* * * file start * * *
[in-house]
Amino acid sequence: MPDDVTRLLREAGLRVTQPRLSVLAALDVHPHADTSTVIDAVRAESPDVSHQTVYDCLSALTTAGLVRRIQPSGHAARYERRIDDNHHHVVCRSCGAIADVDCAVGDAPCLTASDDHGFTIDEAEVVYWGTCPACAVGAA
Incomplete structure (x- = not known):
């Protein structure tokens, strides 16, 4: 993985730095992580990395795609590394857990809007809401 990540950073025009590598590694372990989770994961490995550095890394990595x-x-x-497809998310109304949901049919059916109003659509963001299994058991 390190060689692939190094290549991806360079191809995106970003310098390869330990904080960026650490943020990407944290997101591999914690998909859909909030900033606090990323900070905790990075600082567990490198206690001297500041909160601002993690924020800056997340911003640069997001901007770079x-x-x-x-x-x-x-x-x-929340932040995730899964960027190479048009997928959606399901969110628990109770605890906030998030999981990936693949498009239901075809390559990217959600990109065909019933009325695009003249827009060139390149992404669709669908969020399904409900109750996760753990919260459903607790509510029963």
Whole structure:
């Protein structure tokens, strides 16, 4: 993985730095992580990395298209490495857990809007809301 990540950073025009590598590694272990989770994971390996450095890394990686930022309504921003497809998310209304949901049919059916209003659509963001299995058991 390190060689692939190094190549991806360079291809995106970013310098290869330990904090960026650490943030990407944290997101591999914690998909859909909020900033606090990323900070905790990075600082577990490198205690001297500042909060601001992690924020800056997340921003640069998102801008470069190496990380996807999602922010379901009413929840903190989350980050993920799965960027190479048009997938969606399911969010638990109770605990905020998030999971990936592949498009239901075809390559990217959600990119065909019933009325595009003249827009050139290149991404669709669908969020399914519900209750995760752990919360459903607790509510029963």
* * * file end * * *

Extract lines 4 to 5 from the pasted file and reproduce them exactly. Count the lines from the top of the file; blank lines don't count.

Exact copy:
């Protein structure tokens, strides 16, 4: 993985730095992580990395795609590394857990809007809401 990540950073025009590598590694372990989770994961490995550095890394990595x-x-x-497809998310109304949901049919059916109003659509963001299994058991 390190060689692939190094290549991806360079191809995106970003310098390869330990904080960026650490943020990407944290997101591999914690998909859909909030900033606090990323900070905790990075600082567990490198206690001297500041909160601002993690924020800056997340911003640069997001901007770079x-x-x-x-x-x-x-x-x-929340932040995730899964960027190479048009997928959606399901969110628990109770605890906030998030999981990936693949498009239901075809390559990217959600990109065909019933009325695009003249827009060139390149992404669709669908969020399904409900109750996760753990919260459903607790509510029963």
Whole structure: